Indians in the Old South
by George Sabo III
France turned over administrative control of the Louisiana Territory to Spain in 1763, but relations between Indians, Euroamerican settlers, and governing officials remained much the same as they had been under the French regime. Despite continuing declines in population, the Indians of the Mississippi Valley were still a vital economic, political, and social force in the life of the region.
This mutually dependent relationship between Indians and Euroamericans changed when the United States acquired the Louisiana Territory in 1803. The United States wanted land for its own growing population. Unlike the earlier colonists, they did not need Indian alliances to ensure the integrity of territorial claims. Nor was Indian participation necessary for the expansion of plantation agriculture across the South. With the Louisiana Purchase, the status of Indians quickly changed from valued economic and political partners to a dwindling group whose presence on the land conflicted with United States plans.
The influx of Indians from east of the Mississippi created many difficulties for Indians whose homelands were located west of the great river. In 1808, the Osages were forced to cede their lands in northern Arkansas and Missouri to make way for displaced Cherokees and Shawnees. The Arkansas Territorial government then forced Quapaws to leave their homelands along the lower Arkansas River and move onto Caddo lands farther south along the Red River. Unfamiliar with their new environment and hit by a series of floods, the Quapaws lost crops over successive planting seasons and became destitute. Some Quapaws determined to persevere in their Red River settlement while others decided to return to the Arkansas River. Neither group succeeded in establishing security. The Arkansas River group moved to Indian Territory in 1833 and joined a Creek community, while the Red River group was removed to another reservation. A year later, the federal government found that Wharton Rector, the agent in charge of their move, had led the Red River Quapaws to the wrong location so they had to move again. No compensation was made for lost homes, land improvements, and crops.
Throughout the colonial era, the Osages managed a lucrative trade empire that controlled the movement of commodities between the Great Plains and major French and Spanish trading houses in St. Louis. This empire fell apart when the United States took control of northern Arkansas and Missouri. The region plunged into violence as immigrant tribes and white settlers fought the Osages for control of the land. Forced by government treaties to give up nearly all of their original homelands, the Osages in 1825 were moved onto a reservation in Kansas, where attempts to resume their former way of life were thwarted by the near extermination of buffalo at the hands of white American hunters.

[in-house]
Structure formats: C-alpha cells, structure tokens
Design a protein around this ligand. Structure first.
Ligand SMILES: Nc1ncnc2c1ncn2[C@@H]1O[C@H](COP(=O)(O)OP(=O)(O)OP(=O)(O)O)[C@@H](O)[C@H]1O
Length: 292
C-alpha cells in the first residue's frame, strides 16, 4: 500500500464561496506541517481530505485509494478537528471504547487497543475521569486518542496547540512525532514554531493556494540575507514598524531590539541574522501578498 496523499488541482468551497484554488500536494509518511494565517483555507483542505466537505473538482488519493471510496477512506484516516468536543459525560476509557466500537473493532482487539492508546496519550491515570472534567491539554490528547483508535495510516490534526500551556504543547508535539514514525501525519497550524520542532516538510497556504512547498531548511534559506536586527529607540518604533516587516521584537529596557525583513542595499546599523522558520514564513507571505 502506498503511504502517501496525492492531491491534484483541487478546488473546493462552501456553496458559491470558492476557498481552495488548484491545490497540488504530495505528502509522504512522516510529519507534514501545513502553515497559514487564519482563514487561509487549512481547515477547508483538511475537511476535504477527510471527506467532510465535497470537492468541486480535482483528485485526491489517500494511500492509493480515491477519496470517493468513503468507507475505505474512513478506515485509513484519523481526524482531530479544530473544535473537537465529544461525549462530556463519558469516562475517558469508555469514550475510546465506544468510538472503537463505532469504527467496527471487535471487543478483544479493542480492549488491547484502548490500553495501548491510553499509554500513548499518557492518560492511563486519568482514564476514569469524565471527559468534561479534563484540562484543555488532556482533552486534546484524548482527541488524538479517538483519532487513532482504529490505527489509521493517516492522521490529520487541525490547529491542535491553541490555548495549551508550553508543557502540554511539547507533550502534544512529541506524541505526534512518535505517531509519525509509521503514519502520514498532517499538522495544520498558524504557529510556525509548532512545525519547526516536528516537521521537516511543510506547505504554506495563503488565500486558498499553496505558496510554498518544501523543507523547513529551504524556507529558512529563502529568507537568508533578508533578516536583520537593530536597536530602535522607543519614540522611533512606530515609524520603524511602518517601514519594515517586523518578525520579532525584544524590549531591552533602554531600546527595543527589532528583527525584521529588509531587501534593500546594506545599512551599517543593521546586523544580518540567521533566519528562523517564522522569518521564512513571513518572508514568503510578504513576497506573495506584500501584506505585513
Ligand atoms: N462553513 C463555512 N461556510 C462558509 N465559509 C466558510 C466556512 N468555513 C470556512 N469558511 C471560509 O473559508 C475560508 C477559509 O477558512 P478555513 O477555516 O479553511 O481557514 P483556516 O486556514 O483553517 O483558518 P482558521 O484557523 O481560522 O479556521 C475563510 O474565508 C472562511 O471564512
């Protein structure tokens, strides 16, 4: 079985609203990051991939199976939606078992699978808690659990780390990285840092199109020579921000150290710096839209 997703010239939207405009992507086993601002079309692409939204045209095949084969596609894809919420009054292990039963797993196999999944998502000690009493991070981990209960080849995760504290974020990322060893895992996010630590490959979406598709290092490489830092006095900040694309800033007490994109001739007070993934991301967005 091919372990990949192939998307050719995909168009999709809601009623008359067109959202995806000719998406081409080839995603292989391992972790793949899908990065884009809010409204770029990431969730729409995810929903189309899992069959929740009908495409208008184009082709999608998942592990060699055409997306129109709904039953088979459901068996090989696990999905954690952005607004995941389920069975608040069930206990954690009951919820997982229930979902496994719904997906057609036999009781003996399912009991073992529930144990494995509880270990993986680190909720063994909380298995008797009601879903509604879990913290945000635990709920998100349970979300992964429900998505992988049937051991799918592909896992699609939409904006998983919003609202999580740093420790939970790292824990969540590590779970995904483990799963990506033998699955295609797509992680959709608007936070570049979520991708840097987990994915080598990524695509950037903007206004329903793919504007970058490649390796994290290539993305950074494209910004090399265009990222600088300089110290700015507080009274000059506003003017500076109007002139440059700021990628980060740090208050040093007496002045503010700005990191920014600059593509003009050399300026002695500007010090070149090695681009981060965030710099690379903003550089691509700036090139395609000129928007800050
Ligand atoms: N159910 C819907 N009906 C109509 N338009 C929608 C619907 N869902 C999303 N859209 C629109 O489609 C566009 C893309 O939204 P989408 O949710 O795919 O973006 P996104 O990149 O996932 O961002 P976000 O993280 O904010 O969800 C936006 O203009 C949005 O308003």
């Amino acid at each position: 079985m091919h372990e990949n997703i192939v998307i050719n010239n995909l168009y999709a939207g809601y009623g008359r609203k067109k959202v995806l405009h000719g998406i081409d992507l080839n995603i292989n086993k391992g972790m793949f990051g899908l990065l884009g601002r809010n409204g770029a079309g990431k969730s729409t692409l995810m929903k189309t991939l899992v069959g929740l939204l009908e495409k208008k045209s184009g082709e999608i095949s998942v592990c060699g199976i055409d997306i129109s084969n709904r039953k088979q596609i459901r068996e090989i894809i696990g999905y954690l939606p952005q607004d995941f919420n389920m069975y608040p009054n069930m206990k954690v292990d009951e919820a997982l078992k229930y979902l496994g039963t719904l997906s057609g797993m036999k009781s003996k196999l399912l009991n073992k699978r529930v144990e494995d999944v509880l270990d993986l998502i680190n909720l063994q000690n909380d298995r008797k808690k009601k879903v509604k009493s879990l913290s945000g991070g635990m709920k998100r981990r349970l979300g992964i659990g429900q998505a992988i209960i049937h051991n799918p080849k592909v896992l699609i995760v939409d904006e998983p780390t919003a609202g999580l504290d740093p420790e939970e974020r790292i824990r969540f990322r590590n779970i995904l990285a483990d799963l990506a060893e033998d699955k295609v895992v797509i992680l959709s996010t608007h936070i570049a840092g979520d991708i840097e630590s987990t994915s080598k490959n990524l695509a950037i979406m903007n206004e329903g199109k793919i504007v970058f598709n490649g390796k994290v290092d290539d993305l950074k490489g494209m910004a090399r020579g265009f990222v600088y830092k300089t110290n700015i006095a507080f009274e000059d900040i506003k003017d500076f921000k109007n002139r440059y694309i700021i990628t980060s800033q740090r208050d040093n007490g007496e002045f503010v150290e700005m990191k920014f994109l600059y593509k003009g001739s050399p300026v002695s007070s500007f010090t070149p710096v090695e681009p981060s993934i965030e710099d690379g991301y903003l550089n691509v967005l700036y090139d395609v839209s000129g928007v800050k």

Removal of Osages and Quapaws from the central Arkansas River region made way for a large group of Cherokee immigrants, who took up residence in the Dardanelle region, near modern-day Russellville, after treaty negotiations with the federal government were completed in 1817. These “Western Cherokees” established a series of farming communities led by a group of strong Cherokee leaders including Duwali, Takatoka, Tolontuskee, and John Jolly. These communities pursued an agricultural routine much like that of their white American neighbors, growing corn and other crops on lands they tilled using horse-drawn plows. On the other hand, Indian social organization was based on traditional rules of kinship and community leadership. The Cherokees continued to perform traditional celebrations like the annual Green Corn ceremonies to renew social and spiritual relationships.
In 1820, John Jolly succeeded in convincing the American Board of Commissioners for Foreign Missions to send missionaries and teachers to Arkansas. From 1820 to 1828, Dwight Mission provided religious service and educational training for the thriving Cherokee community. Demands by white Arkansas settlers for access to their lands forced the Cherokees to cede the reservation in 1828. That year the community relocated to a new reservation farther up the Arkansas River in Indian Territory.
The new communities established in Indian Territory were intended as refuges where Indians could take up a new livelihood patterned after the rural agricultural ways of the dominant white American society. Support in the form of money, farming equipment, and seed stock was sent to the reservations, but much of this was diverted by unscrupulous Indian agents and other privateers. The U.S. government also passed a series of laws designed to eradicate vestiges of Indian cultural traditions.
Circumstances grew even worse for Indians during the Civil War. Union troops held much of Indian Territory at first, but Confederate forces took control after 1861. A Confederate Indian army was drafted by General Albert Pike, an Arkansan appointed by Jefferson Davis to be the Indian Territory commissioner. Led by the Cherokee General Stand Watie, the Indian army (comprised mainly of eastern Indians who had been brought to Oklahoma during the Trail of Tears) harassed Union forces along the Arkansas River between Little Rock and Fort Smith. Many other Indians, including Caddos, Osages, and Quapaws, sought the protection of Union forces in Kansas. After the war ended, Indians returning to their reservations found their properties and improvements in a state of devastation. To make matters worse, U.S. Indian agents reduced federal assistance and seized additional lands in retaliation for the Indians’ “support” of the Confederacy. Once again, the Indians were left mainly to their own resources to pick up and start from scratch.